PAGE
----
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Supplemental Insurance and Racial Health Disparities under Medicare Part B

Objective: To assess the impact of preferences, socioeconomic status (SES), and supplemental insurance (SI) on racial/ethnic disparities in the probability and use of services at physicians' offices, hospitals, and emergency departments among Medicare beneficiaries enrolled in Part B.

Research Design and Subjects: This study includes black and white beneficiaries from the 2009–2011 panel of the Medicare Current Beneficiary Survey who were enrolled in Medicare Part B. Logit and negative binomial multivariate regression analysis were used in conjunction with rank-and-replace methods to determine factors influencing utilization and black–white utilization disparities.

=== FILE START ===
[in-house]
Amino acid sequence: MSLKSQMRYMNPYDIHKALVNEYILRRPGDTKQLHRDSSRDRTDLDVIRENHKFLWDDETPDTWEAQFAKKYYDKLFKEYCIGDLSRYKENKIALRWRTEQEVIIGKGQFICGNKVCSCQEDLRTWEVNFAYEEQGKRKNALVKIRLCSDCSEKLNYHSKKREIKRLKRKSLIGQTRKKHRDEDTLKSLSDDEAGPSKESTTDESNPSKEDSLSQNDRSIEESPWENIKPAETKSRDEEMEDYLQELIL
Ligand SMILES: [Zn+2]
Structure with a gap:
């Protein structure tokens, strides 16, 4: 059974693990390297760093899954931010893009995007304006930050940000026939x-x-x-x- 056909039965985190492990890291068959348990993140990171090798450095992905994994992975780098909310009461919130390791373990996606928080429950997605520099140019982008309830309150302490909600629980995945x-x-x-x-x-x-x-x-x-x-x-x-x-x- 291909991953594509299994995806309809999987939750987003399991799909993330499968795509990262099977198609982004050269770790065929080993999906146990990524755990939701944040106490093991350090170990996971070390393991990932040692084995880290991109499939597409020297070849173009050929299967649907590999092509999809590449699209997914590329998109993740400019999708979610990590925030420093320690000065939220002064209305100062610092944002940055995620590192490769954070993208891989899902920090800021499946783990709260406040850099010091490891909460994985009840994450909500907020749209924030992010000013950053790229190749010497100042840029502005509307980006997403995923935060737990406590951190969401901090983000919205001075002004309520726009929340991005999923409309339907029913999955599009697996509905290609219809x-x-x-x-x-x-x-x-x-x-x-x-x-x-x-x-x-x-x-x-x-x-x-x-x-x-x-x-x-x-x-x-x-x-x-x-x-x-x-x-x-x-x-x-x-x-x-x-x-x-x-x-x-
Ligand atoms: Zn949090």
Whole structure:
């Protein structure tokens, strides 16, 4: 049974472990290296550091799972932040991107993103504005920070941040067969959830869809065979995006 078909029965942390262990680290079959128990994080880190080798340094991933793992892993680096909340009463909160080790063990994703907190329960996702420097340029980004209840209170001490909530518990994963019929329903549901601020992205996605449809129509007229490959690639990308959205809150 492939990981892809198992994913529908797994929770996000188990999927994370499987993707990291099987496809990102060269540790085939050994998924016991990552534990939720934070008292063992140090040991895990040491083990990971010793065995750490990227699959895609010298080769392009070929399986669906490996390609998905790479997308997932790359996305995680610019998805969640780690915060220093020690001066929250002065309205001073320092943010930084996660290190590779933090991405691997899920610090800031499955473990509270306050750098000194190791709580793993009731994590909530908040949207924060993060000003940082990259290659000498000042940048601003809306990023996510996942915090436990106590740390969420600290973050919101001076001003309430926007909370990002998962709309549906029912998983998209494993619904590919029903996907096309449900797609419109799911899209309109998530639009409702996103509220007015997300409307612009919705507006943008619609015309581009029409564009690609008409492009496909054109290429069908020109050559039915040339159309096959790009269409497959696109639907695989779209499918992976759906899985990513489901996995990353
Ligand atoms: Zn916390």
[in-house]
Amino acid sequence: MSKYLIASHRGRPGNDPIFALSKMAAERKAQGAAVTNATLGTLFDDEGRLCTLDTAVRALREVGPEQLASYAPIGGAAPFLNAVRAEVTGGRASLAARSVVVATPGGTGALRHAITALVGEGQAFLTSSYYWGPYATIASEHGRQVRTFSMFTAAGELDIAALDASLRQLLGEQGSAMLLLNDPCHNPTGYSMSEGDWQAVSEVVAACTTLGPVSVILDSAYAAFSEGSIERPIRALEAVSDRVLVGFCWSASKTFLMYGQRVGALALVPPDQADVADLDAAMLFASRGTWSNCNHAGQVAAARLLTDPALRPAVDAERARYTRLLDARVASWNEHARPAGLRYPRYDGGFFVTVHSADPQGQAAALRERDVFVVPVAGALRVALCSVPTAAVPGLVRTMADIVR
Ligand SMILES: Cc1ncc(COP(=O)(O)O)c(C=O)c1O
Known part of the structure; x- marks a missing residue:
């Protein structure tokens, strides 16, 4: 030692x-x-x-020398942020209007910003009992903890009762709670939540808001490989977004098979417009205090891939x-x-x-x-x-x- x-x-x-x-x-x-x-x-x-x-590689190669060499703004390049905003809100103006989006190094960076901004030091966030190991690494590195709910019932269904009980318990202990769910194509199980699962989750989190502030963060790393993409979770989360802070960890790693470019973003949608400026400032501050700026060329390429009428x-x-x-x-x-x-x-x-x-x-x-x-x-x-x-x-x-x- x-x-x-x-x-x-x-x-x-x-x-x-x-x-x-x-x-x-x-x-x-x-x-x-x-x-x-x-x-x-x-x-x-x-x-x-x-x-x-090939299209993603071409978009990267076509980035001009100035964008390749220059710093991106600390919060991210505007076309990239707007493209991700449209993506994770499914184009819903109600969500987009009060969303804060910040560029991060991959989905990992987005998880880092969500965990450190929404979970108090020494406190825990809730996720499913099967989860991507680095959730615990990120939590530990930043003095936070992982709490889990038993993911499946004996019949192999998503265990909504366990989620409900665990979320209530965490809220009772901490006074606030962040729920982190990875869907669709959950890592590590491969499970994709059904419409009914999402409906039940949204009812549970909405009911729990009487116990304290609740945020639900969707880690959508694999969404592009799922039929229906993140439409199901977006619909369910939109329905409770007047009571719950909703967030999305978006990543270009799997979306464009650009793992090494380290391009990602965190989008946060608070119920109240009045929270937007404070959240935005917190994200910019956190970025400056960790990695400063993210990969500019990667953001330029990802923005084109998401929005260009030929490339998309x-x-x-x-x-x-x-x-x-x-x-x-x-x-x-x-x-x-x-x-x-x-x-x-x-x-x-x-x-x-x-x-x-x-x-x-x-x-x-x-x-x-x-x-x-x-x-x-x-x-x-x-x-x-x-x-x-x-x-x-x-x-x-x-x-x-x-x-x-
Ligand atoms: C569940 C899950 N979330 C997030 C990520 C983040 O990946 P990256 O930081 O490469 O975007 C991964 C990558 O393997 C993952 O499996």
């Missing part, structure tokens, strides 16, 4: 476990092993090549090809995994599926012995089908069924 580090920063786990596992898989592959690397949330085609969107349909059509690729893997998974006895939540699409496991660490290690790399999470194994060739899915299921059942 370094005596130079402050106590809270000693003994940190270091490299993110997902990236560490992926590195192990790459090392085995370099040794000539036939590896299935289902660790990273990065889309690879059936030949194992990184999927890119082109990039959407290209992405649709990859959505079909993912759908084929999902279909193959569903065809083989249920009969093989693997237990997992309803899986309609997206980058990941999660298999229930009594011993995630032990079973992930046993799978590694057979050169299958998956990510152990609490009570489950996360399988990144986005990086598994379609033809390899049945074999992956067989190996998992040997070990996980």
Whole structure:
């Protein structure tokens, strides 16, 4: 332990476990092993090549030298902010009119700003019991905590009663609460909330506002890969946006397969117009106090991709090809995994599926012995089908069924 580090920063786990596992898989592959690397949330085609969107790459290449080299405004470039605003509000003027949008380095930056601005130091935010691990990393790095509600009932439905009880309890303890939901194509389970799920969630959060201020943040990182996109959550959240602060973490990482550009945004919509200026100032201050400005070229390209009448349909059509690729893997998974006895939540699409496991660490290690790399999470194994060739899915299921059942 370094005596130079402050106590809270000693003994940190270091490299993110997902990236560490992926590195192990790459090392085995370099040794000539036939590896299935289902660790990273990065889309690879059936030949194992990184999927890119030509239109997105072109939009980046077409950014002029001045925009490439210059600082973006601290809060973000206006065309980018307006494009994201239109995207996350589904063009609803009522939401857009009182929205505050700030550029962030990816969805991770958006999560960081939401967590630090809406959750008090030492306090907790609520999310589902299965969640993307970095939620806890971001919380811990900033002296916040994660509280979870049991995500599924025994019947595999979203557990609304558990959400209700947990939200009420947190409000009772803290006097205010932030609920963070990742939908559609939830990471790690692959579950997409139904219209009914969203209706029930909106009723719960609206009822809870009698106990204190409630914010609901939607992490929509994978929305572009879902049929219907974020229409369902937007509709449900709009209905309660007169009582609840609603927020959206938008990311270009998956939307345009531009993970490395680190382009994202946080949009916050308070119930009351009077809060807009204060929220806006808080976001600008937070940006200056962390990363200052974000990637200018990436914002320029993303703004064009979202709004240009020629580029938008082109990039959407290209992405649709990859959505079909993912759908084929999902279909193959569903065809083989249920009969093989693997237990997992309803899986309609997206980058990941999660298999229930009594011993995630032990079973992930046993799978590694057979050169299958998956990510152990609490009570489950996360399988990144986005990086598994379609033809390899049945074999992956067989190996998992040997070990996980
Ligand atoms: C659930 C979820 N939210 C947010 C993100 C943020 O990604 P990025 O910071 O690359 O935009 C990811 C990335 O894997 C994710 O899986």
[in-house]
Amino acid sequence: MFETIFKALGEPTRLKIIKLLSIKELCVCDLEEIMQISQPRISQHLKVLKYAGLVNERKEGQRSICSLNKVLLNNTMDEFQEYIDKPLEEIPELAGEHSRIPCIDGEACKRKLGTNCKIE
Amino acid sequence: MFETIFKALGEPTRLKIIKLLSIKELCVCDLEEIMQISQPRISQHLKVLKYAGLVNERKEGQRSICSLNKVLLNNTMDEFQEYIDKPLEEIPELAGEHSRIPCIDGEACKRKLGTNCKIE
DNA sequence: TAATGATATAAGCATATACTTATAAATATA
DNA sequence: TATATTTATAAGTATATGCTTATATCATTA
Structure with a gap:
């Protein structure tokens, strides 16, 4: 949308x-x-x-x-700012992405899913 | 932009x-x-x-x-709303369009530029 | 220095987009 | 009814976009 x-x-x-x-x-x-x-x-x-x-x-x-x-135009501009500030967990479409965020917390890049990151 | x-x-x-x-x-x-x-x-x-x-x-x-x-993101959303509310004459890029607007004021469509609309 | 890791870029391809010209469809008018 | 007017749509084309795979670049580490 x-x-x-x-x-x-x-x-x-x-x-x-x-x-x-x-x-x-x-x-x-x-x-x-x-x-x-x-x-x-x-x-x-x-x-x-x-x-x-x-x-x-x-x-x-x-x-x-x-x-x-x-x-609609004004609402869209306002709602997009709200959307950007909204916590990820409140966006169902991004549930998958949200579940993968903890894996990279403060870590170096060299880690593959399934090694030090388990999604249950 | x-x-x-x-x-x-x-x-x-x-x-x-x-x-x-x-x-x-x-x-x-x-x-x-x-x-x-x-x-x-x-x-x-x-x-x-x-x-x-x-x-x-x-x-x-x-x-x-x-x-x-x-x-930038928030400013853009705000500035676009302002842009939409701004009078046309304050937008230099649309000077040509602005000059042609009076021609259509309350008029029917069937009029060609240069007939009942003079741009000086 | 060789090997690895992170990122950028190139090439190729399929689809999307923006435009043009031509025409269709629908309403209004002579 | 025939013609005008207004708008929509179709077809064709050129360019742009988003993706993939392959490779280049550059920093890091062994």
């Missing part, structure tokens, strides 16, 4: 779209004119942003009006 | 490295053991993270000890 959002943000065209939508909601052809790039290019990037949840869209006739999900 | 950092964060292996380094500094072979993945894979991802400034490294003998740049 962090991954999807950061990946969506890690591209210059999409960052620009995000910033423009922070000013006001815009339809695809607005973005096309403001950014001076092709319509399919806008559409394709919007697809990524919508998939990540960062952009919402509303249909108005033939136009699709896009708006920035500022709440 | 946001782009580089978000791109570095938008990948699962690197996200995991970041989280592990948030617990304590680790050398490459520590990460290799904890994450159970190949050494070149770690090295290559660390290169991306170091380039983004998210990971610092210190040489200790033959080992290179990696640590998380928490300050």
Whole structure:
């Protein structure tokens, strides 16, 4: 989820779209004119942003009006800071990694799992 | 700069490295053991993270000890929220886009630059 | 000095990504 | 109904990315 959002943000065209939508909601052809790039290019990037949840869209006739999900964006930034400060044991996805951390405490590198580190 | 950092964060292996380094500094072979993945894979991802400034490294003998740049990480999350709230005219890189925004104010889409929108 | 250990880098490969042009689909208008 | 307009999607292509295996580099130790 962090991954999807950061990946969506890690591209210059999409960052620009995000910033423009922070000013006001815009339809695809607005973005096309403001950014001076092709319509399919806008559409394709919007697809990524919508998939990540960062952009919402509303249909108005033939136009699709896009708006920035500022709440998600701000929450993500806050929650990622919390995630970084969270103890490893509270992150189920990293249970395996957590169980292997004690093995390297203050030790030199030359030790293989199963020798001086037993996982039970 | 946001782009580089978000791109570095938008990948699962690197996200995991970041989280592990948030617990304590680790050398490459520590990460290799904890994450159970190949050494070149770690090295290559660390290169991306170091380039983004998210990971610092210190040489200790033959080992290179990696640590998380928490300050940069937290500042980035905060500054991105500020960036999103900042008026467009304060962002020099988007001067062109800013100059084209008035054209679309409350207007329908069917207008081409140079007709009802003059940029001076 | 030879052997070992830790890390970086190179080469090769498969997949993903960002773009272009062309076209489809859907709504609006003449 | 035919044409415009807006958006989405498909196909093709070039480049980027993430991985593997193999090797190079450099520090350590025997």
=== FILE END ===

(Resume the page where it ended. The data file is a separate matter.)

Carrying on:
Principal Findings: Among Part B beneficiaries, significant disparities exist for each studied service. Examining contributing factors, 12–19 percent of the black–white health-adjusted difference in the probability of use is explained by differences in SES, whereas differences in the distribution of SI accounts for 20 percent or more. For volume, SES is found to account for 2–11 percent of differences with SI making up another 9–10 percent.

Conclusions: A substantial portion of the difference in black–white beneficiary use of outpatient services is due to SI. Policies aimed at increasing coverage are likely to increase the probability of visits with modest increases in volume.

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